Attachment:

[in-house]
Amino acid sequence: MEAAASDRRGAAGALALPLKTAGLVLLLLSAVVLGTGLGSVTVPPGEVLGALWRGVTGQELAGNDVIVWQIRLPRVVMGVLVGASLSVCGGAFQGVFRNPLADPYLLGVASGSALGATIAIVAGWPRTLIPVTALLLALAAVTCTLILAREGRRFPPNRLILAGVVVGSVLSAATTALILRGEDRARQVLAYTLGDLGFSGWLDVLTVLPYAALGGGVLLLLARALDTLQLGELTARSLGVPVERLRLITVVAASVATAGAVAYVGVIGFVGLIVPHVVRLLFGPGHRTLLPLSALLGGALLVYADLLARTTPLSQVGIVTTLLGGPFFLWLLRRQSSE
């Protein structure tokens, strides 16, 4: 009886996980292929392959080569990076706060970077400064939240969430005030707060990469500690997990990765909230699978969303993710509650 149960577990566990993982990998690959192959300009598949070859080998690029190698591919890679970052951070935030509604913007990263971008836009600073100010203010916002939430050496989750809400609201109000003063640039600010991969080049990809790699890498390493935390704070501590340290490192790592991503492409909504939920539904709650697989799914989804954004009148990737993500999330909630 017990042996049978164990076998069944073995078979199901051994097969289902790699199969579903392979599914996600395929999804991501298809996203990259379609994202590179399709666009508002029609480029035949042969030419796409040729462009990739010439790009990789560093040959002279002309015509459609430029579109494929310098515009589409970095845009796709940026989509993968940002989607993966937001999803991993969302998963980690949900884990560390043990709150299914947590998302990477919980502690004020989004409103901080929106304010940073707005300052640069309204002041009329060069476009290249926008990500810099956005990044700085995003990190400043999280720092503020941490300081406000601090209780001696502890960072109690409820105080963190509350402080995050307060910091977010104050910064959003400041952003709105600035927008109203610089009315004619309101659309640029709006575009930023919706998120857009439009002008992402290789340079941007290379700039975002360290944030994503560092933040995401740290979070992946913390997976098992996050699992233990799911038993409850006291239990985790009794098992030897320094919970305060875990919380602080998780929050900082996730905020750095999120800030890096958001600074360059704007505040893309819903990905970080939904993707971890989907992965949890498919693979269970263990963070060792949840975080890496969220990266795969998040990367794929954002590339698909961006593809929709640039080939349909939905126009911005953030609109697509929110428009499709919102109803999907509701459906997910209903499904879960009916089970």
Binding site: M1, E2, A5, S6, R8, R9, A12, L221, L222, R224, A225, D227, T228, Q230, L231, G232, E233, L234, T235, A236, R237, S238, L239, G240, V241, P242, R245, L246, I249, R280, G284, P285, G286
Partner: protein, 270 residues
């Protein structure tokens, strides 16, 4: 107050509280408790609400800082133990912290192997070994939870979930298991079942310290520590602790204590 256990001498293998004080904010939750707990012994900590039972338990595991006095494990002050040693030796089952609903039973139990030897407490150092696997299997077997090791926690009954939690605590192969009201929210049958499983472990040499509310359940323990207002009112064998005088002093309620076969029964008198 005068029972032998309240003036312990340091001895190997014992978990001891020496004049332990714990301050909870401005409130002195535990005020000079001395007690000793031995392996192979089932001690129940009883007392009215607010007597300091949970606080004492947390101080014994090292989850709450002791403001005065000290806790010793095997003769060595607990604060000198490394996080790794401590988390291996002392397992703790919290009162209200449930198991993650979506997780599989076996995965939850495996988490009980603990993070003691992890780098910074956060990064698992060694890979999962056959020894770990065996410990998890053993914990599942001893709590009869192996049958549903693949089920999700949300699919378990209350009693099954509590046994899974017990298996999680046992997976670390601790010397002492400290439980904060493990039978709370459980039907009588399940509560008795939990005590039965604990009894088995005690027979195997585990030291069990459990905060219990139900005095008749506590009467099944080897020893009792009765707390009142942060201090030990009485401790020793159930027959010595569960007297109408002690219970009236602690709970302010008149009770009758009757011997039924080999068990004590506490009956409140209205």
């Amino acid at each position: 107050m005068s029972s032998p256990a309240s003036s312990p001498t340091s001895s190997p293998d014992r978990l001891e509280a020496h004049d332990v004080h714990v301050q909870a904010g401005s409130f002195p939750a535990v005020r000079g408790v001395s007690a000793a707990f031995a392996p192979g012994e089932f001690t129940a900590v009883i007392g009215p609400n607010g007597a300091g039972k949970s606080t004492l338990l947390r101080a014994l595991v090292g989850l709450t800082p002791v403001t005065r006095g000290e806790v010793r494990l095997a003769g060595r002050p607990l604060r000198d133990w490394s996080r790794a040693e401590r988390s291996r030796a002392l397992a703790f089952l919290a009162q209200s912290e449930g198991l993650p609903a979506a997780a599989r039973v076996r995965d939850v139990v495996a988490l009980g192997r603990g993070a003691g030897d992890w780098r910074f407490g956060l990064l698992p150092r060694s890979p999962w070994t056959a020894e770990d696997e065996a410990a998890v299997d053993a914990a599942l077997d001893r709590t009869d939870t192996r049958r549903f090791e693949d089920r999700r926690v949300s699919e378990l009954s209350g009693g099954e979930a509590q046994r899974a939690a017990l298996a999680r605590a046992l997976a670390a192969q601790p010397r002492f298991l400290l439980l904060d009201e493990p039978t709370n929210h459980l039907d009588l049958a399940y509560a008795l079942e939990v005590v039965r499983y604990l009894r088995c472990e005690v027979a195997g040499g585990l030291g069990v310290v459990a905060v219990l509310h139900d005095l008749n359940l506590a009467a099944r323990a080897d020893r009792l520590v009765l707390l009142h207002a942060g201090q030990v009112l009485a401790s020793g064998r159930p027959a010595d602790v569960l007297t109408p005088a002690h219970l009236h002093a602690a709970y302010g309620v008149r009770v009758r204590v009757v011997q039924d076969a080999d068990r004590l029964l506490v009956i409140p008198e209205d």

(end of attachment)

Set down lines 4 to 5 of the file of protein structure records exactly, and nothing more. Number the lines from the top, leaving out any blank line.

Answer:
Binding site: M1, E2, A5, S6, R8, R9, A12, L221, L222, R224, A225, D227, T228, Q230, L231, G232, E233, L234, T235, A236, R237, S238, L239, G240, V241, P242, R245, L246, I249, R280, G284, P285, G286
Partner: protein, 270 residues